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After the Bell: Global warming’s cheeseburger problem

After the Bell: Global warming’s cheeseburger problem

South Africans, like everybody in the world, like to eat. As the world gets richer, our opportunities to eat more grow, and most of us are genetically programmed to respond — and some of us, at least, are too lax to override our genetic desires.

I recently woke up with a backache and did what all sensible people do — I consulted an expert on back issues and followed the advice. No, I didn’t. This is the 21st century; we don’t speak to people any more, least of all “experts”. I did what everybody else does. I typed, “How do you treat a backache?” into Google. 

Google, because it’s so useful and helpful, said I should take the following steps. Step one: maintain a moderate body weight. Oh, I thought. Yes, that would be sensible. When should I do that? Next Tuesday? Perhaps when I’m out shopping I could pick up eggs, bread, milk and a moderate body weight.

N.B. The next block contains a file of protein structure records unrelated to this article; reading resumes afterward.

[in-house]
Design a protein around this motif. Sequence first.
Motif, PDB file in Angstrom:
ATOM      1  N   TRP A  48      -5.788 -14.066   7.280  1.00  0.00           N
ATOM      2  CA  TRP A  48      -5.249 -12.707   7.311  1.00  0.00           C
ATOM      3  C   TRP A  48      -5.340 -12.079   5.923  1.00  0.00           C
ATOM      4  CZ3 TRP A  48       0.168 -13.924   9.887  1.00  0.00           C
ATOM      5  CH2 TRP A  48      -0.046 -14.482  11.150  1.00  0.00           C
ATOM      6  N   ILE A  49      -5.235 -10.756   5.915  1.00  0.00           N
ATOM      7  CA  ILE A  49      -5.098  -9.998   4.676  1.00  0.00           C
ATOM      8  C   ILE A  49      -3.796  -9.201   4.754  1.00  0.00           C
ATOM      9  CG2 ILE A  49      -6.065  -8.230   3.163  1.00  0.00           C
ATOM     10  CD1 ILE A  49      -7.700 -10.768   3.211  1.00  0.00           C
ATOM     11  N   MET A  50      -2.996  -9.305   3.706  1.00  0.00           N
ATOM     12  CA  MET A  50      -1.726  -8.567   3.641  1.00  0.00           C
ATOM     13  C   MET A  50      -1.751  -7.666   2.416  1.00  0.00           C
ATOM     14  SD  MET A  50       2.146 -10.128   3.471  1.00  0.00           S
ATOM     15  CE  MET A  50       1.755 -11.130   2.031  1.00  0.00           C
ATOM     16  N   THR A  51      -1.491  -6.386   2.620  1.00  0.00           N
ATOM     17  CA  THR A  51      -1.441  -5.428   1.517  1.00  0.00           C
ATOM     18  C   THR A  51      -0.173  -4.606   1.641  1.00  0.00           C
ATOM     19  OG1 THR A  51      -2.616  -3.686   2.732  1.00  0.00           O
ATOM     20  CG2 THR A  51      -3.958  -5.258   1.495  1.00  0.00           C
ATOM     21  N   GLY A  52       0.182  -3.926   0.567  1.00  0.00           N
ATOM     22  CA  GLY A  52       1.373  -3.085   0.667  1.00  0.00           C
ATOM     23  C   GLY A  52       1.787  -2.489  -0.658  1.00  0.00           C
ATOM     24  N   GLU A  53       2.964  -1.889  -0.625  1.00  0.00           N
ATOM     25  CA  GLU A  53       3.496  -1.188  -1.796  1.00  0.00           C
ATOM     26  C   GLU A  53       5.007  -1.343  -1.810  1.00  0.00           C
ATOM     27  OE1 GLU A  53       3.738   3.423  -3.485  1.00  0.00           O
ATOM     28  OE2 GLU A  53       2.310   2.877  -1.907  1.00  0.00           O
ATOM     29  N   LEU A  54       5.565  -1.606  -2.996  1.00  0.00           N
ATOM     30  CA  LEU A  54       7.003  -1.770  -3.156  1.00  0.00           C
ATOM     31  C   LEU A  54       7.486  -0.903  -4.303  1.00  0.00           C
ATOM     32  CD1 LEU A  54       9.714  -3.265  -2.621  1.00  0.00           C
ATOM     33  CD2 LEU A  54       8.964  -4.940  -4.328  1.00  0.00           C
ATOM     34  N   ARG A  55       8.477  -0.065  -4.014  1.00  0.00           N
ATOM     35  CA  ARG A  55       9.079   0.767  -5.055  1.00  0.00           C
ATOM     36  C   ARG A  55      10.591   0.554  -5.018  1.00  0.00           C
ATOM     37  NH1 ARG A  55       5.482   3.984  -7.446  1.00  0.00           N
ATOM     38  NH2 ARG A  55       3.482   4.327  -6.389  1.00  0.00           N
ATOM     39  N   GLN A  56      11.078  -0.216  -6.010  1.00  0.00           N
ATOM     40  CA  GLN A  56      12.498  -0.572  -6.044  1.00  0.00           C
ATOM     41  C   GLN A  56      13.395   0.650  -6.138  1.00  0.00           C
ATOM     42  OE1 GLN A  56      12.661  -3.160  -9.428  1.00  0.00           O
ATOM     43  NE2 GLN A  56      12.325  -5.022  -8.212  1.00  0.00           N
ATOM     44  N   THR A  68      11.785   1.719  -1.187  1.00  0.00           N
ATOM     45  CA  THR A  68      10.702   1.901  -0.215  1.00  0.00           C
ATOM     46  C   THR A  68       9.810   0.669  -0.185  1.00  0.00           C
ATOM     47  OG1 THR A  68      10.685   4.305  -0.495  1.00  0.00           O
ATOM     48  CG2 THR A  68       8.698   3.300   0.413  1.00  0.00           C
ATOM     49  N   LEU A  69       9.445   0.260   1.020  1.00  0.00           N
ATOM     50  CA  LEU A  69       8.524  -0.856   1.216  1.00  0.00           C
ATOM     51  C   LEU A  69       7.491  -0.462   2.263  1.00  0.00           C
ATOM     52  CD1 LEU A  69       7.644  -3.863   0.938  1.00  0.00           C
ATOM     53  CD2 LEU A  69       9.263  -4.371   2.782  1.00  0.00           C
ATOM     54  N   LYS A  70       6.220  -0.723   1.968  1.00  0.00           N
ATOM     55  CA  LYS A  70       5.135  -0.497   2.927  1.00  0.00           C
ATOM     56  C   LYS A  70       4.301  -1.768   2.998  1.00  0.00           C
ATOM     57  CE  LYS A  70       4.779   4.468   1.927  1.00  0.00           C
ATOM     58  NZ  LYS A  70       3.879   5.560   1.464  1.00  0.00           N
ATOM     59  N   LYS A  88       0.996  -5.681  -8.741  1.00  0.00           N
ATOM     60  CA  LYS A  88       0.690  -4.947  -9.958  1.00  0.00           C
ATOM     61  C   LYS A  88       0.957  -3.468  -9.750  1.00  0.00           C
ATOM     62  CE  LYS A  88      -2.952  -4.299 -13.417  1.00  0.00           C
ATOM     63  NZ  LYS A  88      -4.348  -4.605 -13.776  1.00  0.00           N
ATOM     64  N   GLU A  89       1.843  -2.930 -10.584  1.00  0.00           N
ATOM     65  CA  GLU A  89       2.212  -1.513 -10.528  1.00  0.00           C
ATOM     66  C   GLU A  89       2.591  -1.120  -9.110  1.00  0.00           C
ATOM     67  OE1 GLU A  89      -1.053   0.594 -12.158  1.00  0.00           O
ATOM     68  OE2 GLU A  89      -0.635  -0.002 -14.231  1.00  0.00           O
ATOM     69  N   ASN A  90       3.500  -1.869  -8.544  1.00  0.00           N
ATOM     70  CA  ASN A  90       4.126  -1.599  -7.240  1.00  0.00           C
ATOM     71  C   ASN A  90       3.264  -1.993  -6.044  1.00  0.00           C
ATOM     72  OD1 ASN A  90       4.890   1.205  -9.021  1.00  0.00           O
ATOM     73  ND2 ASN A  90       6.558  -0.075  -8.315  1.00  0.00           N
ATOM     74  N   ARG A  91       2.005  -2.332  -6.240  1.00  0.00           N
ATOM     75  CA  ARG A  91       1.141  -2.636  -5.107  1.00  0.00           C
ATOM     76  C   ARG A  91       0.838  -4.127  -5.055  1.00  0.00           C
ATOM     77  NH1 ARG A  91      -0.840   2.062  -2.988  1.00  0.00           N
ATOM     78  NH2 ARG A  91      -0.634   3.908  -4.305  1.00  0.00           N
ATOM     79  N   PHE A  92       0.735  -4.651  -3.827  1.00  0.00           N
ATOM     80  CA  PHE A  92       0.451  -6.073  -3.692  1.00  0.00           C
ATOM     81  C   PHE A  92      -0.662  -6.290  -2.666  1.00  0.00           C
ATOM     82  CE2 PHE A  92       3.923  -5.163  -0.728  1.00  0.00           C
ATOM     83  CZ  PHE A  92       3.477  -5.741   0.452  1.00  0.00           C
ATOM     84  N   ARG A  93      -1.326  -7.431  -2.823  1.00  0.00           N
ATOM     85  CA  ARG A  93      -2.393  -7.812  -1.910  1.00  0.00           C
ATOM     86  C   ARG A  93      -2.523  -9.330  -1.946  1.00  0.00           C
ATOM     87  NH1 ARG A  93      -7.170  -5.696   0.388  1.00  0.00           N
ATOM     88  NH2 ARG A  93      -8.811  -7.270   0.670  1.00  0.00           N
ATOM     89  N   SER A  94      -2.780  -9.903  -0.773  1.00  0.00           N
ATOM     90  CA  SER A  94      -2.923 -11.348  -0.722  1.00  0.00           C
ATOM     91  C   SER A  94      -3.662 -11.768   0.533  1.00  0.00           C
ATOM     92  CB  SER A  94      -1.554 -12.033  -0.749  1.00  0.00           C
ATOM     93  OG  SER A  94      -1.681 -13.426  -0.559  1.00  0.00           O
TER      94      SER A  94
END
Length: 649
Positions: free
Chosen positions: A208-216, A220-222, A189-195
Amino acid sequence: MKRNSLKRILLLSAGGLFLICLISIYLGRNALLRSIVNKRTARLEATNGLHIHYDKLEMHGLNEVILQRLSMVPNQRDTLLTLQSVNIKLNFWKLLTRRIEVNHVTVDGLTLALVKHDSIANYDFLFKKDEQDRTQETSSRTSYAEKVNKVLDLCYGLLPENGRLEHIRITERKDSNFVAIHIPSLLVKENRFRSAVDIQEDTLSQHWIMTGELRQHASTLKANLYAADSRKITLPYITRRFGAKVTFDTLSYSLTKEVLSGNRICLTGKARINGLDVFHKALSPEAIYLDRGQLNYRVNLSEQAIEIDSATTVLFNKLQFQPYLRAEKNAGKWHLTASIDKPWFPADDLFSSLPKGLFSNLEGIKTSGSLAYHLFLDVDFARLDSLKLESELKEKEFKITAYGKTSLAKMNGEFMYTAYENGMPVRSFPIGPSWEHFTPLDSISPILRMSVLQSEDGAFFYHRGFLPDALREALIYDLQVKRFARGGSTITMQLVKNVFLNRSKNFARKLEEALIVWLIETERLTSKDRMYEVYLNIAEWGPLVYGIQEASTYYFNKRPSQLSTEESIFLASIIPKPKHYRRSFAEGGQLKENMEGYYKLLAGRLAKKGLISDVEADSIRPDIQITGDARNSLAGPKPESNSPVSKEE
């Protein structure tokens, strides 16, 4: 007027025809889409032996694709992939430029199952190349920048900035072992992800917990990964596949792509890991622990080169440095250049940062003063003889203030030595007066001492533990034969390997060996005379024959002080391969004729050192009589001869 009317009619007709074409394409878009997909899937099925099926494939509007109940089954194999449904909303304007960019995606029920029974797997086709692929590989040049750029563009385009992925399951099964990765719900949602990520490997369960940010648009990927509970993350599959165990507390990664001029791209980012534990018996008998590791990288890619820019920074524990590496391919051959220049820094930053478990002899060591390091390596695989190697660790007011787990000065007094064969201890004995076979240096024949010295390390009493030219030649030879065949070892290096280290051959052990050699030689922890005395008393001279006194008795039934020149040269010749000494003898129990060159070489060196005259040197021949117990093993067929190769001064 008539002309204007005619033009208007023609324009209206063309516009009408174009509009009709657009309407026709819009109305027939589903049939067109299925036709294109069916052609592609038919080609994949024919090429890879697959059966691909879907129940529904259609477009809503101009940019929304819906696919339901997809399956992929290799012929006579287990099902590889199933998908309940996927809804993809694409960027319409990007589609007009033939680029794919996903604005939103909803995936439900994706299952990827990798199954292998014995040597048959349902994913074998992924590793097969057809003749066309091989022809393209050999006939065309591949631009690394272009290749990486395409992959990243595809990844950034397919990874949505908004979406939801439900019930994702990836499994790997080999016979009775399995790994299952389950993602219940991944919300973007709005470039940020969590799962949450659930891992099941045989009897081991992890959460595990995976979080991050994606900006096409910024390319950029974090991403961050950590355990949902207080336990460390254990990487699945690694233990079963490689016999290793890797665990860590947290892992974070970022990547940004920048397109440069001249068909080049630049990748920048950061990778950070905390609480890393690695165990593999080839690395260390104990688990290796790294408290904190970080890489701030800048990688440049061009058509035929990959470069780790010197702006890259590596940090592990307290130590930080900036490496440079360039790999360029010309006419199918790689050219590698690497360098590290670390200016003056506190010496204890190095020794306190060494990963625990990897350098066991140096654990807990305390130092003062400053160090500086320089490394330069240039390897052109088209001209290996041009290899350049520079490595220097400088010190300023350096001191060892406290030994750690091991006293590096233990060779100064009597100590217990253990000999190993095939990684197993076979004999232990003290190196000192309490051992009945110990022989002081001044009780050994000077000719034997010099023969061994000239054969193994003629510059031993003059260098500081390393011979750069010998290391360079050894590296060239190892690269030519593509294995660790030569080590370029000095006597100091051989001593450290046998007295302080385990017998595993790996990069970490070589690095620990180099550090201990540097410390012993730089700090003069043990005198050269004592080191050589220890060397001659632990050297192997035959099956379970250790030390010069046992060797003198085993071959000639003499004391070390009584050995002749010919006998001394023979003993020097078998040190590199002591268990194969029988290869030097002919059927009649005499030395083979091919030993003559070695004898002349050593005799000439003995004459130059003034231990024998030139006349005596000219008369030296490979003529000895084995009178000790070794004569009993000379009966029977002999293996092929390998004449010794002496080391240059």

The advice was so matter-of-fact that it’s clear Google has no clue how difficult it is to maintain a moderate body weight. I have spent the past two decades trying to find the time and the energy (and the willpower) to maintain a moderate body weight, to absolutely no avail. Exercise not only makes me hungry but provides a justification for eating more because, after all, I did some exercise. I’ve also tried dieting, which, once again, seems to have the odd effect of making me hungrier. 

It’s just extremely hard to lose weight and I’m not encouraged by the fact that the world as a whole is getting fatter.  The medical journal The Lancet published research in 2014 that studied the body mass index (BMI) of adults in 186 countries from 1975 to 2014. Obesity rates, defined as a BMI of over 30, had just about tripled.

It will surprise nobody that the US is the world leader in fat people, but it might surprise you that South African women are heavier than US women; about 38% are obese compared to 35% of US women. The study found that SA had the tenth highest amount of obese people in the countries studied. 

My simple explanation for this is that South Africans eat too much meat and too much pap, and I offer myself as guilty party number one.